Continuing Resolution. U.S. Air Force Secretary Frank Kendall has advocated focusing modernization funds on programs that can field systems quickly to help counter China, but he said he’s concerned by the negative impacts of a possible year-long Continuing Resolution (CR), which remains a possibility, if lawmakers cannot agree to move annual spending bills forward. “It’s pretty well known that I’m obsessed with China and our modernization programs relative to China, and I’m on a quest to field meaningful operational capability as quickly as possible in a number of areas, but the thing that I’m very concerned about right now is the prospect of a year-long CR,” Kendall said. “I can’t emphasize enough how devastating it would be, and it would really compound our immediate problems in [FY] ’22, but it also makes [FY] ’23 problematic…You’d be in a really long period, well over a year.”

…Country First.

One motivation of congressional Republicans may be to limit domestic spending, while boosting their own election chances this November, Kendall suggested. “I think at the end of the day, it depends on whether people want to put the country first or their political party,” he said. “I think we’re quite prepared to do a deal. I’m concerned, the administration is–and I know that they’re talking, which I’m encouraged to hear–there’s a school of thought apparently that I have heard that the year-long CR keeps defense at a not unreasonable level, while constraining domestic spending. And, if your goal is to constrain domestic spending, that it’s a mechanism by which you can do that. I do think that it’s very much not in the interest of national security, certainly not in the interest of the country, to take that approach. Then there’s the question of politics in an election year is often who gets blamed. Well, the party in power right now tends to be the one that gets blamed when something bad happens. That can be part of the calculation too. That’s why I’m concerned.”

…B-21 and GBSD. One plus for the Air Force of Congress getting back to regular order would be lawmakers’ ability to consider service proposals to begin production of the Northrop Grumman B-21 Raider stealth bomber and an acceleration of the company’s Ground Based Strategic Deterrent (GBSD), the slated replacement for the Boeing Minuteman III ICBMs. Kendall said that, as a former consultant to Northrop Grumman, he is prohibited from making decisions on both the B-21 and GBSD, however.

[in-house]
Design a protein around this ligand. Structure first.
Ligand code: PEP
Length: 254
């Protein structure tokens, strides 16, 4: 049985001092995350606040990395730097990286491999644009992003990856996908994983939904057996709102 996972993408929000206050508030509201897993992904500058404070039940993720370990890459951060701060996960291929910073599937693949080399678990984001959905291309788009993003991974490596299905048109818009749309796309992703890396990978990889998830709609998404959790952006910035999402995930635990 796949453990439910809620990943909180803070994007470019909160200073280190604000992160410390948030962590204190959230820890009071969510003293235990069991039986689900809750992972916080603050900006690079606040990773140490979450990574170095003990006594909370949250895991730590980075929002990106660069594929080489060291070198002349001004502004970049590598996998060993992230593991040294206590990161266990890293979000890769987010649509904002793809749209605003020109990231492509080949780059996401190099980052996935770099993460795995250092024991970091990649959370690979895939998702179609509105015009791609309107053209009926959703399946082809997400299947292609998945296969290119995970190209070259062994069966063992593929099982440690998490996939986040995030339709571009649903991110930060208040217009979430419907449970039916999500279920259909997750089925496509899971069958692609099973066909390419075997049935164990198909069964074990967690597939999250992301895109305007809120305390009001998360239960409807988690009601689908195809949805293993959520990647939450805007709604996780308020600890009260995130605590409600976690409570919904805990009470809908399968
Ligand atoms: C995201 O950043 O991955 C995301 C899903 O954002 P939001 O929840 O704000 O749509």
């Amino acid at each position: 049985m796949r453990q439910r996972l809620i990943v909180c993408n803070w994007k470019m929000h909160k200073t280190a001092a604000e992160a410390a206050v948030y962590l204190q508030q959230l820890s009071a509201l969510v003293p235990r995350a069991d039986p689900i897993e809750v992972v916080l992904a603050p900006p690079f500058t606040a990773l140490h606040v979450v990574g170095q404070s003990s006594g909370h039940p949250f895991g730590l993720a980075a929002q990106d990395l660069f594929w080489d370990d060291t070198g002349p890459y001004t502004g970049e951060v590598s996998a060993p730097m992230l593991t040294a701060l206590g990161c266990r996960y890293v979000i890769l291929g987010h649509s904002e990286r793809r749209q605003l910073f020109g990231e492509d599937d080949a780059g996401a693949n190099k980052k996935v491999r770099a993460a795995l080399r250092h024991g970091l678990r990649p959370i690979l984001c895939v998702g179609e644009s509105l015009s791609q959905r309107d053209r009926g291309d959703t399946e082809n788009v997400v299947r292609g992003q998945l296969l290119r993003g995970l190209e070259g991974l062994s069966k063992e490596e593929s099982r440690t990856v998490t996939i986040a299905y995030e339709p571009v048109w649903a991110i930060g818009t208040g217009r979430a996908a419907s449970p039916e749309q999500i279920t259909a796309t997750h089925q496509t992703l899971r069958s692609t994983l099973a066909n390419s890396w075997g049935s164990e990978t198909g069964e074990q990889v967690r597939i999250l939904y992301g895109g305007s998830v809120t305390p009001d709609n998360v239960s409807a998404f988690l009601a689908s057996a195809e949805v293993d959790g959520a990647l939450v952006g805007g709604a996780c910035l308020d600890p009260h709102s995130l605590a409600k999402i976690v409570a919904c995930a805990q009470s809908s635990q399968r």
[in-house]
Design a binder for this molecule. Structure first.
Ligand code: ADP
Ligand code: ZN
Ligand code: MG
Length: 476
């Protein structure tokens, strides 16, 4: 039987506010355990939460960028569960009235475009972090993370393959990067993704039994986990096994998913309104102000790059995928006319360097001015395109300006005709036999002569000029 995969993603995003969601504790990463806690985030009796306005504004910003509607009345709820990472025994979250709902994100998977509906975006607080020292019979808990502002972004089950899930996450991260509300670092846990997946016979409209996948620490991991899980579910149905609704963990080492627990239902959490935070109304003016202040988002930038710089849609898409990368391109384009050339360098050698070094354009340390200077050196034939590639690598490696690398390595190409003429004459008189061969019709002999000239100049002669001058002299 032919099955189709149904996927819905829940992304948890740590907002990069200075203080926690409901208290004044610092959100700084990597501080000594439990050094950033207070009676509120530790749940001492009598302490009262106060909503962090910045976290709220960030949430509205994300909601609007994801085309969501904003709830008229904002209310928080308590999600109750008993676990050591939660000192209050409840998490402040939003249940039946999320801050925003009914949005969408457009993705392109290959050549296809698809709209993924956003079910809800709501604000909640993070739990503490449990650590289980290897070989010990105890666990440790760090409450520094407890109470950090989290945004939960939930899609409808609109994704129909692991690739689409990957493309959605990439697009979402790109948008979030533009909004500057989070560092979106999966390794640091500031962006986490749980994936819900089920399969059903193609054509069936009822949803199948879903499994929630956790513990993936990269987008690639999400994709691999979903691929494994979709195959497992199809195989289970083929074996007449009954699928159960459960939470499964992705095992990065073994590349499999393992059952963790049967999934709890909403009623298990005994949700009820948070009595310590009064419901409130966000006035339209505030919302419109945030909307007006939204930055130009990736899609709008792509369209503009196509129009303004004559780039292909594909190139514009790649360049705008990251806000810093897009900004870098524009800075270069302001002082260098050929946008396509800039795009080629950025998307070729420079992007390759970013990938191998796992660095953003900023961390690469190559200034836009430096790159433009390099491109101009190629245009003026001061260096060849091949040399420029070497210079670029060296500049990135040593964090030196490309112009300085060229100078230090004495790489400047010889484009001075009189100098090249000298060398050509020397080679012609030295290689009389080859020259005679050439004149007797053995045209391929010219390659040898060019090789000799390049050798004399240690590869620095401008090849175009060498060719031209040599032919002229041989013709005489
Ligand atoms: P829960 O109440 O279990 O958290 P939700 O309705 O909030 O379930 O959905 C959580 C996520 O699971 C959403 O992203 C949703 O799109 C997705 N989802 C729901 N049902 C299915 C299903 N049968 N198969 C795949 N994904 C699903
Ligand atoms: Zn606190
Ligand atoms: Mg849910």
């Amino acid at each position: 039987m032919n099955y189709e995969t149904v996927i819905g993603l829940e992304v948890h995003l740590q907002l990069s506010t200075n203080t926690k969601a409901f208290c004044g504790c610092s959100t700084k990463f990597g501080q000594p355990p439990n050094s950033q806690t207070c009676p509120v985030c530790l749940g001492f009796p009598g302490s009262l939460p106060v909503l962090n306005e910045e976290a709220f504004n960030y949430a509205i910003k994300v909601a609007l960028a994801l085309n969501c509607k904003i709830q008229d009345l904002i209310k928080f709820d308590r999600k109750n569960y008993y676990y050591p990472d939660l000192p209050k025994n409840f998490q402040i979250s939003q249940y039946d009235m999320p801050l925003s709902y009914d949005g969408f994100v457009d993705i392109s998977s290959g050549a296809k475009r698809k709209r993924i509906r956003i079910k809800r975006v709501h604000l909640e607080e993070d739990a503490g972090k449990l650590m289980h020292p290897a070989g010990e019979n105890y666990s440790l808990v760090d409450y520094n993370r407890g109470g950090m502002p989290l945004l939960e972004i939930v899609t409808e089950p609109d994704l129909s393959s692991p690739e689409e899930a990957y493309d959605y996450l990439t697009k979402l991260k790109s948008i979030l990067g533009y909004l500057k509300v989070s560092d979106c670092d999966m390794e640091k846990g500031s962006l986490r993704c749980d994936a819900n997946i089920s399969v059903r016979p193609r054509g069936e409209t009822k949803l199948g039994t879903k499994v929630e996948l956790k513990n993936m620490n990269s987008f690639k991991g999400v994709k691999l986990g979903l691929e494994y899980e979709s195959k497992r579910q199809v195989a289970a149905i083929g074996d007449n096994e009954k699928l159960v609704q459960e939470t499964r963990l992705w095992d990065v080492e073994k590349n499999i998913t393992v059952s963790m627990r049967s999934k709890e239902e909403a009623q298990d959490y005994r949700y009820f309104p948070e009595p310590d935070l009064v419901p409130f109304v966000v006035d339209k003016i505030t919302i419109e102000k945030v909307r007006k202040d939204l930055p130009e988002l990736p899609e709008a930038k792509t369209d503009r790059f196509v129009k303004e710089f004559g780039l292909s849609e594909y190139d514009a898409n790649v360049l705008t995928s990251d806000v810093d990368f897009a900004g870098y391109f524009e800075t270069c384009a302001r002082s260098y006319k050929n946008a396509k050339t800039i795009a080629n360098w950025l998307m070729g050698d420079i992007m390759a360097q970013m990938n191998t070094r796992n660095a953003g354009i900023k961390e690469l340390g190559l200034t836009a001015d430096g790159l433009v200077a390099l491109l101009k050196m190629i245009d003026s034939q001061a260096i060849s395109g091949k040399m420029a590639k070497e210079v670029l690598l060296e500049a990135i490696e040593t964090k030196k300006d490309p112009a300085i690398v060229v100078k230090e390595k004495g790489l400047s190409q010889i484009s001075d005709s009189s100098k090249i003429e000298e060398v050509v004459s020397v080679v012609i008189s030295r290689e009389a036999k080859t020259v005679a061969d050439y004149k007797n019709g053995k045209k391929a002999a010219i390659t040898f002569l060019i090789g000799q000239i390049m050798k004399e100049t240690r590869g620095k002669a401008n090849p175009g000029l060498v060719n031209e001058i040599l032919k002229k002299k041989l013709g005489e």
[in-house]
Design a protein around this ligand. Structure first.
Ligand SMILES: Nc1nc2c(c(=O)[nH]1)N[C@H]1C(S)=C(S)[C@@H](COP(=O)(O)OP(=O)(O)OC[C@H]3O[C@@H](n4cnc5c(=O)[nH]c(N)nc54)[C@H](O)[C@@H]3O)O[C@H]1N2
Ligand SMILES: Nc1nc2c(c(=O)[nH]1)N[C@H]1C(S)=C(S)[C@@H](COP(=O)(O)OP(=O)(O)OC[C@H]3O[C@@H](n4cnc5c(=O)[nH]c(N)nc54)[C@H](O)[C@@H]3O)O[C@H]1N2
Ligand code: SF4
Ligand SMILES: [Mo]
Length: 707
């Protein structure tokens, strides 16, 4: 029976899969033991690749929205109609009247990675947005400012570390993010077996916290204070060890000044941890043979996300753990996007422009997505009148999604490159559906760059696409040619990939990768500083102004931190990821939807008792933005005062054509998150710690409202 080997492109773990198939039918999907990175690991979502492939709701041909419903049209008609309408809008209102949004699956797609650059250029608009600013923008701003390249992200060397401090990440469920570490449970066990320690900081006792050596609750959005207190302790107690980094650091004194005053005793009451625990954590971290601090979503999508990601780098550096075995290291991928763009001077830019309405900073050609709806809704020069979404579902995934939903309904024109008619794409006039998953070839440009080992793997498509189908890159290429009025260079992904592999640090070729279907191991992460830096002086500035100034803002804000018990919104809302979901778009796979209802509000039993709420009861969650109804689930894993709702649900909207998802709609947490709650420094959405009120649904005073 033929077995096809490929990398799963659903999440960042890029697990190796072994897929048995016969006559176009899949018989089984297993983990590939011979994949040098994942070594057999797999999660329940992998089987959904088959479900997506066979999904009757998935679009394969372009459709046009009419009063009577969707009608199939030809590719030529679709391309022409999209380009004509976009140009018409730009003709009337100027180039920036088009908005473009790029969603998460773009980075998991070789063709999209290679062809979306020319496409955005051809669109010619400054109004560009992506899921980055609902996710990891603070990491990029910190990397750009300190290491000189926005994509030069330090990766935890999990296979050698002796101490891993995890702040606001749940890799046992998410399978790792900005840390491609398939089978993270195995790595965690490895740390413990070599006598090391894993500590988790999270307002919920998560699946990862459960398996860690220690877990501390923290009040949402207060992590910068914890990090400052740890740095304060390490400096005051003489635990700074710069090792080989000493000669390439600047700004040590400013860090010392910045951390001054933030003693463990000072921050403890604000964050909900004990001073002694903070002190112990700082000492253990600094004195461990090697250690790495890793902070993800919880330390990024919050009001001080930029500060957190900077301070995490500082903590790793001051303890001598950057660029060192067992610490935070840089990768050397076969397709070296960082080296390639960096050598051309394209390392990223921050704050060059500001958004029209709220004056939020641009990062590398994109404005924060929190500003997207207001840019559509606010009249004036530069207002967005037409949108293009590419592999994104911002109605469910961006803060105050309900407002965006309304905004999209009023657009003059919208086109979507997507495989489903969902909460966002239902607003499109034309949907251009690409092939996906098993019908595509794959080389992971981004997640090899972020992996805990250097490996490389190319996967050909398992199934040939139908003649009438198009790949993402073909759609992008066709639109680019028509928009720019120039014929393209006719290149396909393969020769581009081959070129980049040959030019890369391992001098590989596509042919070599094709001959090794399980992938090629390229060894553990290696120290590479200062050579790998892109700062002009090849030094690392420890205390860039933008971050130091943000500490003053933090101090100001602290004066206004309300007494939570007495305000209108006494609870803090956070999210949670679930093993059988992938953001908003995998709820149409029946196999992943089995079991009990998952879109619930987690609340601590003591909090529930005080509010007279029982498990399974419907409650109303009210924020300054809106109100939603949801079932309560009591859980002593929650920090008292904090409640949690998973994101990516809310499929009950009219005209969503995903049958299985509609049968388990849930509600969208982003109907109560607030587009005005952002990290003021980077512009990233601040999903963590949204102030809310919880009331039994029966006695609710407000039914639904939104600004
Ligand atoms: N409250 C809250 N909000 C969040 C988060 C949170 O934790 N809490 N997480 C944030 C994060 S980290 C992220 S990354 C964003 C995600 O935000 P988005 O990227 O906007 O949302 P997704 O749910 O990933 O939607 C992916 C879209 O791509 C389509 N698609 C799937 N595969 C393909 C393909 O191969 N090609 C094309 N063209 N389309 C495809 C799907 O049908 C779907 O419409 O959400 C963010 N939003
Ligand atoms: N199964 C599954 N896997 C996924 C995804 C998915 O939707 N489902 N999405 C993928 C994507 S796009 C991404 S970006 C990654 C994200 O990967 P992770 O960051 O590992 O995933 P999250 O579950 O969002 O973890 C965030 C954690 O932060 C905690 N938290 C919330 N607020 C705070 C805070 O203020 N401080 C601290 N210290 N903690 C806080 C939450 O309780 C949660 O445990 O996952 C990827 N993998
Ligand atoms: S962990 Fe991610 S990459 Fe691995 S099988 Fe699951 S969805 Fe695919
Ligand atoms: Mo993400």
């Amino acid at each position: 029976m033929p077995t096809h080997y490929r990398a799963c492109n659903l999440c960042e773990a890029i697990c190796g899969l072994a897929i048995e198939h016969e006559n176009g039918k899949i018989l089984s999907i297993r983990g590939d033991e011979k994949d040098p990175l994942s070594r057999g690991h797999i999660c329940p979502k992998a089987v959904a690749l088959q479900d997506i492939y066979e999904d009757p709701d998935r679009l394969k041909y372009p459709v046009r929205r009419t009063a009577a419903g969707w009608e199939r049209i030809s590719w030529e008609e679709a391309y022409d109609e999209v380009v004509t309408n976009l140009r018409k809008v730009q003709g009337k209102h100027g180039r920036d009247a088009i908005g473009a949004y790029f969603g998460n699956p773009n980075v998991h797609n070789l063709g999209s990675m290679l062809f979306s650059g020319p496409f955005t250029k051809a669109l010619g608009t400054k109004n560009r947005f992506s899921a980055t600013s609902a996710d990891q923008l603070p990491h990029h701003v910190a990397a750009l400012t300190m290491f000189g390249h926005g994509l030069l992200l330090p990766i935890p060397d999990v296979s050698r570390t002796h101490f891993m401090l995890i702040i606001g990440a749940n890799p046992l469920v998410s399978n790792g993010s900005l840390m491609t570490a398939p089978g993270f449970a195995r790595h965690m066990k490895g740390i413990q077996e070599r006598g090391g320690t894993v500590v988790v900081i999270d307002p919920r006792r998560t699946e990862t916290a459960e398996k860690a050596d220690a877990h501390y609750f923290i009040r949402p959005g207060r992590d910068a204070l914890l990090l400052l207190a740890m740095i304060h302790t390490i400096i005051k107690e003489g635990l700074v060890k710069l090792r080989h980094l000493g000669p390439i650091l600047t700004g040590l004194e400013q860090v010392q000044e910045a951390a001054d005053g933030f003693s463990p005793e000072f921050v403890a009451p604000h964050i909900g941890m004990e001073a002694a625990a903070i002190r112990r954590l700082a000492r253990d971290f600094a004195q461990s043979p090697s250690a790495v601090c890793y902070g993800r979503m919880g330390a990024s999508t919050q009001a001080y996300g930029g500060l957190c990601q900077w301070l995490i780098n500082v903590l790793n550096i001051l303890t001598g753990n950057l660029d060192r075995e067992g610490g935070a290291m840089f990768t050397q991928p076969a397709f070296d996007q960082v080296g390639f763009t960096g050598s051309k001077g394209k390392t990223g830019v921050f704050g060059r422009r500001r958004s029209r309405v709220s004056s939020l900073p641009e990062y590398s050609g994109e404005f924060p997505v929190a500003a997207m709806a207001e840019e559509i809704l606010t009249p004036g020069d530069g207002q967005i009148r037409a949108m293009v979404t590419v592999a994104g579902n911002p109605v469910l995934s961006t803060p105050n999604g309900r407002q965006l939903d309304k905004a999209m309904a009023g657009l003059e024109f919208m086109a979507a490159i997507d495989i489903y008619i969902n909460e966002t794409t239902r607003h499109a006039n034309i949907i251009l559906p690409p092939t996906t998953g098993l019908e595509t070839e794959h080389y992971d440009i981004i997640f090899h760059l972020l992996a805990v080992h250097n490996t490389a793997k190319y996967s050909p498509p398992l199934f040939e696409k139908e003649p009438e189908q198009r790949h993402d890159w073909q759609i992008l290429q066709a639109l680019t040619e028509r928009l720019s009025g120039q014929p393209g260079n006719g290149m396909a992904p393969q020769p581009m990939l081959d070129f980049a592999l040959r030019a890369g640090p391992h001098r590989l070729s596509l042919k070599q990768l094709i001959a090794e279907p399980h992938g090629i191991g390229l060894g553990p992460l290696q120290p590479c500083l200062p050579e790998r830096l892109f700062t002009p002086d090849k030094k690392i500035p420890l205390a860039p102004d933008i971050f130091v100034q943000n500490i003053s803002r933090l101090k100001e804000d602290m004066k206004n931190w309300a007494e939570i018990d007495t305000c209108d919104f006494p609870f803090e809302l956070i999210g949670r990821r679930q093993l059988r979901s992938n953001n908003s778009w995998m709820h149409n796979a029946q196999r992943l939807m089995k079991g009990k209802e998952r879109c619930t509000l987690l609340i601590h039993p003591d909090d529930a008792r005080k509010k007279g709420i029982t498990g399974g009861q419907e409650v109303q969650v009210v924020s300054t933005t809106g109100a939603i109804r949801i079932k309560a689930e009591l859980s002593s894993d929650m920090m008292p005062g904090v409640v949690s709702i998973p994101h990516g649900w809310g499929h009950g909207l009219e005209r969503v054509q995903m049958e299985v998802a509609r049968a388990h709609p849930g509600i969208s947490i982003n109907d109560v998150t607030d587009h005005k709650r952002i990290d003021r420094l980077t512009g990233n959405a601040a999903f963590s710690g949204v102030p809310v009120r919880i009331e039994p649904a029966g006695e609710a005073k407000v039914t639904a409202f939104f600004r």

Board Machinations. Following the U.S. government’s Jan. 25 decision to seek to block Lockheed Martin’s acquisition of rocket and propulsion manufacturer Aerojet Rocketdyne, holding company Steel Partners, which has four of Aerojet’s eight board seats, nominated a slate of seven for the board. In a Jan. 28 letter to Aerojet, Steel Partners said it supports the merger. “However, in light of the recent uncertainty surrounding the prospects of the Lockheed transaction obtaining the requisite government approvals, Steel Holdings believes the Issuer (Aerojet) needs to focus on ensuring that it is optimally positioned to continue the business as a standalone entity in the event the transaction is not consummated,” Steel Partners said in a filing with the Securities and Exchange Commission. The proposed nominees, which include four current board members previously nominated by Steel Partners, would add Aimee Nelson, Joanne Maguire and Heidi Wood.

…The Reply. Aerojet Rocketdyne in a Feb. 1 news release confirmed receipt of the Jan. 28 letter and also said there is an internal investigation of Warren Lichtenstein–executive chairman of both Aerojet and Steel Partners–underway by one of the board’s committees. Aerojet said it “believes” that Lichtenstein may have launched the proxy fight because of “his personal concerns and desire to secure his board position and gain leverage in the context of the Company’s internal investigation.” Aerojet said the investigation has nothing to do with its operations or financial reporting. Steel Partners owns about 5 percent of Aerojet’s stock.